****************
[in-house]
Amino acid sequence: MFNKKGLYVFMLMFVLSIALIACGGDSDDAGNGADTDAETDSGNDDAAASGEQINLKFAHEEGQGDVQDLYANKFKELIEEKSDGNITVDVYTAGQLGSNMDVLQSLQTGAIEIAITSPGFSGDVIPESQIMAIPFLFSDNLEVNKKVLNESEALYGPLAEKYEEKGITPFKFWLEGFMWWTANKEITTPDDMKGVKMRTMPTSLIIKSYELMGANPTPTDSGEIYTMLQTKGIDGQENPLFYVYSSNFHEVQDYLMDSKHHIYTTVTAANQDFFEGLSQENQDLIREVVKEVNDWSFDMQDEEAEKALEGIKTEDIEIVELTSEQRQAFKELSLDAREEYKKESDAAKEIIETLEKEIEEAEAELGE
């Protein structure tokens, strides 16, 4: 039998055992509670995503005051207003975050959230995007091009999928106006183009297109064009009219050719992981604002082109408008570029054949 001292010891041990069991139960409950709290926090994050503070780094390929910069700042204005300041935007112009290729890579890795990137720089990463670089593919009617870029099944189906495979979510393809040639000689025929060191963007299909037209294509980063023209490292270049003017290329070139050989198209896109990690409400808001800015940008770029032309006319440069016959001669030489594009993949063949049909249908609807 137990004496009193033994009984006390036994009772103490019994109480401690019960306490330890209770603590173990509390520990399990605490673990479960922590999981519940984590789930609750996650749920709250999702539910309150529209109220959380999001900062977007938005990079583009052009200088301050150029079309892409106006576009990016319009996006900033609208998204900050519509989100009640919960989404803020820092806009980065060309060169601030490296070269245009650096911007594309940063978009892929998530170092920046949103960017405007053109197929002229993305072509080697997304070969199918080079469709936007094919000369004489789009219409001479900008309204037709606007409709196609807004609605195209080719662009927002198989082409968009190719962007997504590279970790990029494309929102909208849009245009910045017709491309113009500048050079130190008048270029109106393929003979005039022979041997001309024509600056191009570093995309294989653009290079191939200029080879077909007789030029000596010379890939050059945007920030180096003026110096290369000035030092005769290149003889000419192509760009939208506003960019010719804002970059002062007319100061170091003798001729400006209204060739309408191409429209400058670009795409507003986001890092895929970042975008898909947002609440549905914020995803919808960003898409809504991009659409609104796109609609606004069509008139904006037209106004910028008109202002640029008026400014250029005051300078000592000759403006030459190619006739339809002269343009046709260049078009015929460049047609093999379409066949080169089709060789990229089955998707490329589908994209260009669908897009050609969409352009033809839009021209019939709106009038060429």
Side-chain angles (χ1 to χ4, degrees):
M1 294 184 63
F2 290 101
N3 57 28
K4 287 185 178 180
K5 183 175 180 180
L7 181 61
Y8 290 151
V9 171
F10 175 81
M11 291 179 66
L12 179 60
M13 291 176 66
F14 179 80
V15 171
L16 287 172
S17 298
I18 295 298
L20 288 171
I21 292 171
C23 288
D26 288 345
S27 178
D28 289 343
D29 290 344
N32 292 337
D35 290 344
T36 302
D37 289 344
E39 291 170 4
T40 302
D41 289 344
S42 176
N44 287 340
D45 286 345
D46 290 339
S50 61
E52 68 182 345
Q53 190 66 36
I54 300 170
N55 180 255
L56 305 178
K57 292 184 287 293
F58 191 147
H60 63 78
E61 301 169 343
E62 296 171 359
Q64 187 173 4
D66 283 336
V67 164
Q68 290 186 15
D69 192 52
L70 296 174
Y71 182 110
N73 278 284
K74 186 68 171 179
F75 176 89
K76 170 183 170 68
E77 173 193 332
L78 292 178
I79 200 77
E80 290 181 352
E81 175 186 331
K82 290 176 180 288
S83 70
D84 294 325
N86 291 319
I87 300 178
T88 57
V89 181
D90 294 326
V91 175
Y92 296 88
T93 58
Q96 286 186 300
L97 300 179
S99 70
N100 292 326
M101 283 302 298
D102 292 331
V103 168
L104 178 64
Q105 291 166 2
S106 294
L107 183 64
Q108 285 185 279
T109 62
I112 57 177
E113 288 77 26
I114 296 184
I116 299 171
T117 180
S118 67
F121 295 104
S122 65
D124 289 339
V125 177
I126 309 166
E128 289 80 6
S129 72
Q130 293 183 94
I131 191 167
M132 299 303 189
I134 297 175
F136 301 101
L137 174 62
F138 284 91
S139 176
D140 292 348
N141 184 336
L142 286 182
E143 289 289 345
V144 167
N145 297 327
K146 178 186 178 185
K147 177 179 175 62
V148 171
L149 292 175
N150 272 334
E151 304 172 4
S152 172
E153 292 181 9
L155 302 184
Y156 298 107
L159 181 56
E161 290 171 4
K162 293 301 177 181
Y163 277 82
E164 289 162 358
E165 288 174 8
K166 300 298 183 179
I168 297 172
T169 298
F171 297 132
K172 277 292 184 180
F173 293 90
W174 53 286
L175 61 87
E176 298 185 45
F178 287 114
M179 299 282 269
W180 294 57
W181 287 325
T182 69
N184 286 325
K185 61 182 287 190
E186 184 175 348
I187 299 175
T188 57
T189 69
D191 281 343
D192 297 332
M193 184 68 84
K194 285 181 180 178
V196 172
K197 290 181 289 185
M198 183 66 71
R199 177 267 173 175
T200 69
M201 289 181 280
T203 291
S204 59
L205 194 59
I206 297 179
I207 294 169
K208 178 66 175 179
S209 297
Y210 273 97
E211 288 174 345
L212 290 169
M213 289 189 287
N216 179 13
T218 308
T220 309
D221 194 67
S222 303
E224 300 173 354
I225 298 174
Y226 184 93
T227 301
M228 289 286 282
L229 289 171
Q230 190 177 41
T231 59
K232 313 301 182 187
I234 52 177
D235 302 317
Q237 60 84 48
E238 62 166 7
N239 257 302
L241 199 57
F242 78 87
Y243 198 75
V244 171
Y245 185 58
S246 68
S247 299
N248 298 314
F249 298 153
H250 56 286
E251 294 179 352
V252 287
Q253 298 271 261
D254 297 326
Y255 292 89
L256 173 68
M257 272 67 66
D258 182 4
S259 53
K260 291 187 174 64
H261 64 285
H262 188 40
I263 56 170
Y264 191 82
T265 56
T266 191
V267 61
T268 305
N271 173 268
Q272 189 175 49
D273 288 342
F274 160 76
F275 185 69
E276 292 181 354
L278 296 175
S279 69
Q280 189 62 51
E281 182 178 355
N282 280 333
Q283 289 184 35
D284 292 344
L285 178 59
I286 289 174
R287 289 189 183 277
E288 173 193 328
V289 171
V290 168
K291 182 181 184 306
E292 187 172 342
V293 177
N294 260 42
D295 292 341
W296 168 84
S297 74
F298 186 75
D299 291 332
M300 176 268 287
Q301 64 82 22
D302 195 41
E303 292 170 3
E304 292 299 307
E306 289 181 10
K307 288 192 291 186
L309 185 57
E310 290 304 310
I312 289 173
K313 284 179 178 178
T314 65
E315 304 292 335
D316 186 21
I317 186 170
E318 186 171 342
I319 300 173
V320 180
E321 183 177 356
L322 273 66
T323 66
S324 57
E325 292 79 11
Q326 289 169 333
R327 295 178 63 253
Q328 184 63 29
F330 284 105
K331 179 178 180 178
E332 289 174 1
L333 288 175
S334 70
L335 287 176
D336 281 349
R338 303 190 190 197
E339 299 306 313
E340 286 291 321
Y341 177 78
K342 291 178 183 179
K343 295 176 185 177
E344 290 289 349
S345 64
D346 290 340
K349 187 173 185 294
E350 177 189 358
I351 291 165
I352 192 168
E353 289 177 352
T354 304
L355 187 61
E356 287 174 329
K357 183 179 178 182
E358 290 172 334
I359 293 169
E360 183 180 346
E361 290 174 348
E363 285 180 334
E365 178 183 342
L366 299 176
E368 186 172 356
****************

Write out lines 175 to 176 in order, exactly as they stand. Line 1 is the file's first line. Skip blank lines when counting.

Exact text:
N216 179 13
T218 308